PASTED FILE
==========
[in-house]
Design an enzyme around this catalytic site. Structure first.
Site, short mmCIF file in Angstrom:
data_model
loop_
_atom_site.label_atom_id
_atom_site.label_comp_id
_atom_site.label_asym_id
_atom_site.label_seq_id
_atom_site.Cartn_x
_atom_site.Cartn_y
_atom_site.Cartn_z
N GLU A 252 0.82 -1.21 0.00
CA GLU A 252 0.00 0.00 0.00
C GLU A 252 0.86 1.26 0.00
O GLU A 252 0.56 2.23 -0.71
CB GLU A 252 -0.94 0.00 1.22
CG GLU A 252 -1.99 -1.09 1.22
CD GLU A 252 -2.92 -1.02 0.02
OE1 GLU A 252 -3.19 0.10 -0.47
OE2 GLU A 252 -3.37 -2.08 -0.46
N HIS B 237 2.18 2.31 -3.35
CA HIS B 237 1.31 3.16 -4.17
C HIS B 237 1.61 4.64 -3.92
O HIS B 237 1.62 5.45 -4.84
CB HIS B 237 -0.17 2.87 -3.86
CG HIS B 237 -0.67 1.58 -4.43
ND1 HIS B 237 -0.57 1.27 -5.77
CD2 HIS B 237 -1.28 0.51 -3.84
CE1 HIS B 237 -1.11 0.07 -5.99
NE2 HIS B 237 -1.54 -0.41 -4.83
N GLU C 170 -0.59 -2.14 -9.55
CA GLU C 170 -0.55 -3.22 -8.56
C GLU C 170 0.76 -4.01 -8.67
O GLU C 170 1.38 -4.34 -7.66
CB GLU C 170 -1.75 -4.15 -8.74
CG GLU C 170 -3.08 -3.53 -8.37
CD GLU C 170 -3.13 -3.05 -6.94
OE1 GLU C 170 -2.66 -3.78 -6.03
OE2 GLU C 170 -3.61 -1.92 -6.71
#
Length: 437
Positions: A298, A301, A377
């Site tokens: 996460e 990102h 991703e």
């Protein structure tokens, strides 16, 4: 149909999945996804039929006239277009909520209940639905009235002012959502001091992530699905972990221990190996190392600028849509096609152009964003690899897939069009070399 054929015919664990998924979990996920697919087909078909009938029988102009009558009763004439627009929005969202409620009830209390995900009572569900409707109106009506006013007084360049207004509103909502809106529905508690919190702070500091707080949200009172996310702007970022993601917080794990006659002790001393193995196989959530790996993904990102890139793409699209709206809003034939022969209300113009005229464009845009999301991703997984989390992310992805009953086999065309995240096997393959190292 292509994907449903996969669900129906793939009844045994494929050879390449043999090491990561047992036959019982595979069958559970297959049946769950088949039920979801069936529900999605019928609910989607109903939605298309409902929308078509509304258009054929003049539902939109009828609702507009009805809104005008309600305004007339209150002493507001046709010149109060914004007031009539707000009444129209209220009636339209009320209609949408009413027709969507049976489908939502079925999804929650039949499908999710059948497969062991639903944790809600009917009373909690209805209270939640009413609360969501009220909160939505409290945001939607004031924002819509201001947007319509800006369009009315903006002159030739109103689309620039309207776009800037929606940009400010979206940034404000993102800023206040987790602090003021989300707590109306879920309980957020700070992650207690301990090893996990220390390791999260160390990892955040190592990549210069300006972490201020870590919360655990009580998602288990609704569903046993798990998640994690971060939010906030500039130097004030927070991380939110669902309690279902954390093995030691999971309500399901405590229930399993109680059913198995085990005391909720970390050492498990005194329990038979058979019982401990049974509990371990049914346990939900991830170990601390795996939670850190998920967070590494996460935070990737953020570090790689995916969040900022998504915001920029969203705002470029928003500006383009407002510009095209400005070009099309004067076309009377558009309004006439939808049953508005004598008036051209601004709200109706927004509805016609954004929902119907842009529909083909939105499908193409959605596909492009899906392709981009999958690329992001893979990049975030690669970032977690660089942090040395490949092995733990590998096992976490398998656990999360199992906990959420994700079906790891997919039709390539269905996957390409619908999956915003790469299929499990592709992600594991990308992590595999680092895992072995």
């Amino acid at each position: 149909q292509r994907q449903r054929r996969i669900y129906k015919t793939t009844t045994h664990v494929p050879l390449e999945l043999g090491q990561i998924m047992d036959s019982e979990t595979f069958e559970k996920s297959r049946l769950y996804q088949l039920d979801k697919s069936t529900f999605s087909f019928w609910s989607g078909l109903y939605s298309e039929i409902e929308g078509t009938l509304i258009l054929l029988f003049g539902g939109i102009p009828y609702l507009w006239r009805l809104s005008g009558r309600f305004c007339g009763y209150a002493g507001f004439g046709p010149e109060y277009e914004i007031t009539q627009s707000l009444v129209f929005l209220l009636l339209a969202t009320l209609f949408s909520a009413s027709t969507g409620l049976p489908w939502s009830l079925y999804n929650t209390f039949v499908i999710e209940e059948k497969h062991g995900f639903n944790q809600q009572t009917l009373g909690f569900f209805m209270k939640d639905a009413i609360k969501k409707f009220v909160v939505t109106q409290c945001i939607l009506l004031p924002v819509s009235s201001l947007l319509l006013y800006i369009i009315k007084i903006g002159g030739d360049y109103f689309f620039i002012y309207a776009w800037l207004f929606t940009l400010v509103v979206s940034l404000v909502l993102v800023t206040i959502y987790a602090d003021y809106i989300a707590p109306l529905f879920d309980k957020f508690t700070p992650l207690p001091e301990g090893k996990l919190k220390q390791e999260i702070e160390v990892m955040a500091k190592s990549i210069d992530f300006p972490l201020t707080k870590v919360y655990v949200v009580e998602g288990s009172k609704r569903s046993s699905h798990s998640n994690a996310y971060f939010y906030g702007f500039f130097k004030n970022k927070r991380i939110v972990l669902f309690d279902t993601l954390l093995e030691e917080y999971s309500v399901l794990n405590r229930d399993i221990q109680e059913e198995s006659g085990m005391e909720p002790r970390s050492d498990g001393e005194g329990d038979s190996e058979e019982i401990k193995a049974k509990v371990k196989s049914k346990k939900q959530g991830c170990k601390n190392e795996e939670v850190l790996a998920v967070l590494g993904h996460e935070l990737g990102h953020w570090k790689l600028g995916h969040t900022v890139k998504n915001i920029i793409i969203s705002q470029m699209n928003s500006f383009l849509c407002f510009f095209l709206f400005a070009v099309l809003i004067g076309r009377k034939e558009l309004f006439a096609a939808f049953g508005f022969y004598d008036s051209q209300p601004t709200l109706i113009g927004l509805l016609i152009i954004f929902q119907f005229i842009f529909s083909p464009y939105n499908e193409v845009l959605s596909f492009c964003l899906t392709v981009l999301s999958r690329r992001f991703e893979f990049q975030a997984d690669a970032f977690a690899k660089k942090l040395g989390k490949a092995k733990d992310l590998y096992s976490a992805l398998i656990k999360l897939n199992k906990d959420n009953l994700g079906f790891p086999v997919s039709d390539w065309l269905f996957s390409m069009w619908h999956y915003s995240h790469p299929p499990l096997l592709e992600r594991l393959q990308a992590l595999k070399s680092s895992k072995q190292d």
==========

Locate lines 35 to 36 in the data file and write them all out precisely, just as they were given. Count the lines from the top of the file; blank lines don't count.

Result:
O GLU C 170 1.38 -4.34 -7.66
CB GLU C 170 -1.75 -4.15 -8.74